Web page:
It goes without saying, since I've said it so often, but brewing 15 grams of tea at one time is a lot; I won't get far for infusion count, and will try these again later in the afternoon.  It's fine to brew 3 1/2 or 4 grams at a time, that sample packet worth, it just requires adjustment, and I'm accustomed to this range of process.





ITea World Shui Xian, 2:  that's more like it.  This is actually pretty good.  I wouldn't say that an intense floral character comes across but depth of mineral tone standing out more isn't a bad thing.  Feel is fairly full, and aftertaste experience carries over, mostly settled on the mineral tone.  Sweetness is fine, and flavor range, but it's the way the mineral tone serves as a base and feel and aftertaste supports the rest that make it work well.  

Oxidation and roast level do seem to be moderate; it's that lighter style of Wuyi Yancha.  I like that, but when the other range is perfectly balanced--medium level for both--there's a sort of magic to that, but it's far more common for the roast to go a bit far, to take on a char effect.  There's a perfume-like aromatic tone that good Wuyi Yancha can express that this taps into some, almost like cognac, but it's not so pronounced in this version.  For 20 cents a gram tea this is fine, maybe slightly better than I would expect.


Jip Eu Rou Gui:  cinnamon is really standing out in this now; that's quite pleasant.  It's not as if this gives up anything for refinement to the other, but the style is quite different.  They seem to have oxidized this a bit more, not in that modern light range, more in a very well-balanced traditional form (as I take it, but what do I know?).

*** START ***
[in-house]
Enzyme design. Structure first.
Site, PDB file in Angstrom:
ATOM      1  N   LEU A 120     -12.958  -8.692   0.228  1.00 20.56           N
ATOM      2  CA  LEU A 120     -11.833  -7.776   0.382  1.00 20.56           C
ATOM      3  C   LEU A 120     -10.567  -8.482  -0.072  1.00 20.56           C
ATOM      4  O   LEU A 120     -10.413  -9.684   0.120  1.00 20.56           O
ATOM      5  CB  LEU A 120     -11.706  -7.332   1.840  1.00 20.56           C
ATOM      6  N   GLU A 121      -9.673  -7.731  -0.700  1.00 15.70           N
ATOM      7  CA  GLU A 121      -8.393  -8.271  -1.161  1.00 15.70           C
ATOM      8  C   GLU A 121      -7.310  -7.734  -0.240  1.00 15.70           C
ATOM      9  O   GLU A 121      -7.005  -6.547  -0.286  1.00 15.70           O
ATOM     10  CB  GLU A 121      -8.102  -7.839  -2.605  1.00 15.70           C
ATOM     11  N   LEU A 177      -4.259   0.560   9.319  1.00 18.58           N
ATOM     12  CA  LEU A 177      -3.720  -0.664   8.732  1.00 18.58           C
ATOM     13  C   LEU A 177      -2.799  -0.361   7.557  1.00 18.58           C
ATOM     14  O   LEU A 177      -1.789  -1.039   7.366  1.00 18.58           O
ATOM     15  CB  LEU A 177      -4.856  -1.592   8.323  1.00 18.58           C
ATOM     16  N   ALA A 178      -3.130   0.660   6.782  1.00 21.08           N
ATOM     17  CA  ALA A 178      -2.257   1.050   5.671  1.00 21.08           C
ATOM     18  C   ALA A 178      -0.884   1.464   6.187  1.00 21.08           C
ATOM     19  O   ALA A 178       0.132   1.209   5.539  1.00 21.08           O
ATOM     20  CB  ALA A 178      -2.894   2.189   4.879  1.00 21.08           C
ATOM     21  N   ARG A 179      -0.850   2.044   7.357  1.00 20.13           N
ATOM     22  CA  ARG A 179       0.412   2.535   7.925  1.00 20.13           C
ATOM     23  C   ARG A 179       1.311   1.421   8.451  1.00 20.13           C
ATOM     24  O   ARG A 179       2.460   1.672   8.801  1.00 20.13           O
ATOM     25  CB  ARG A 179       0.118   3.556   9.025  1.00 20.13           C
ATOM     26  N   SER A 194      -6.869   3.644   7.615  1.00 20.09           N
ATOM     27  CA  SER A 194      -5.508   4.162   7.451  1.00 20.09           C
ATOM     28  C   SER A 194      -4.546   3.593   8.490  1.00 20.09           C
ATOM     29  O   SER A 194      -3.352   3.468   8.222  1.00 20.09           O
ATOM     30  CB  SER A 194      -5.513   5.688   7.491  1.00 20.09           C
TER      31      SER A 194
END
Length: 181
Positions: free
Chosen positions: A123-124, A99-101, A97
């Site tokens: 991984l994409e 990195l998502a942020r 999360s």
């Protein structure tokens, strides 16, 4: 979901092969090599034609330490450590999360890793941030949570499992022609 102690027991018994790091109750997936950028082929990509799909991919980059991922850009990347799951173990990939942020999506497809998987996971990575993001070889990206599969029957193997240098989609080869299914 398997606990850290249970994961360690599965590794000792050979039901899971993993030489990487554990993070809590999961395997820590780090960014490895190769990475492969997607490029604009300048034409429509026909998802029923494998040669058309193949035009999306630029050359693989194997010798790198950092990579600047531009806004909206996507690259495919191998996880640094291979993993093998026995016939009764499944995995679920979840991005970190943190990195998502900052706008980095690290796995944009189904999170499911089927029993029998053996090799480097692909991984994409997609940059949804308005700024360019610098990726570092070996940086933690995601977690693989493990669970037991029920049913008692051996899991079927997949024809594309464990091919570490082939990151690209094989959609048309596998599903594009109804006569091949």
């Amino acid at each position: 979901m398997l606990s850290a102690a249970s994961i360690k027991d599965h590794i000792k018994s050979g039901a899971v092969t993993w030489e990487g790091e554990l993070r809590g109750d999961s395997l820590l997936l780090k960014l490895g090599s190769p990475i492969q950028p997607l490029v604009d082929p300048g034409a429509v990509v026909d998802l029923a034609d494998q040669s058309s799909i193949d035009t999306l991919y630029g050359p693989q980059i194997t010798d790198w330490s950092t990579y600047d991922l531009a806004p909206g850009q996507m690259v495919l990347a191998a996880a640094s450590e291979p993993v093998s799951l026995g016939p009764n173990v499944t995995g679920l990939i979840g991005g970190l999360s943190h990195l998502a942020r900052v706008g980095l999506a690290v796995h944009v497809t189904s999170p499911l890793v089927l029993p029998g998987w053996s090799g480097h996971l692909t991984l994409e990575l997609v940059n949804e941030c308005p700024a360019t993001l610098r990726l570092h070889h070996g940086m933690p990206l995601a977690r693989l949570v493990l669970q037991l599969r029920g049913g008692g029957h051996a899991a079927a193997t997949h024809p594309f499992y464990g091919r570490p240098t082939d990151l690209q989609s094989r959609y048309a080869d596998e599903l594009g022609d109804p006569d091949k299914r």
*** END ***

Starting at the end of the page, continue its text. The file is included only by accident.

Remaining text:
Feel and aftertaste are ok, and mineral depth, maybe even directly equivalent to the other, but for flavor range being a bit stronger those come across as weaker.  Does it make sense what I mean by that?  The other is refined and light in terms of flavor intensity, with decent floral range and mineral present, but a shift in higher intensity after you drink it makes aftertaste stand out all the more.  The initial punch of sweet, warm, and rich cinnamon tone in this other version is a good bit more intense, so the same level of flavor carry-over, comparable to the first, seems lighter in comparison.  Interesting!

This might be gaining flavor intensity through the inclusion of a wood tone, in between green wood and truly aged dryer range.  Of course the cinnamon is spice instead, with mineral base.




color difference is apparent in the leaves, lighter Shui Xian left


ITeaWorld Shui Xian, 3:  brewed slightly longer to zero in on feel differences an aromatic wood-tone picks up in this version too.  Floral range is still there, but the mineral is so much more pronounced that it would be easy to miss it.  Rich feel and aftertaste stand out all the more.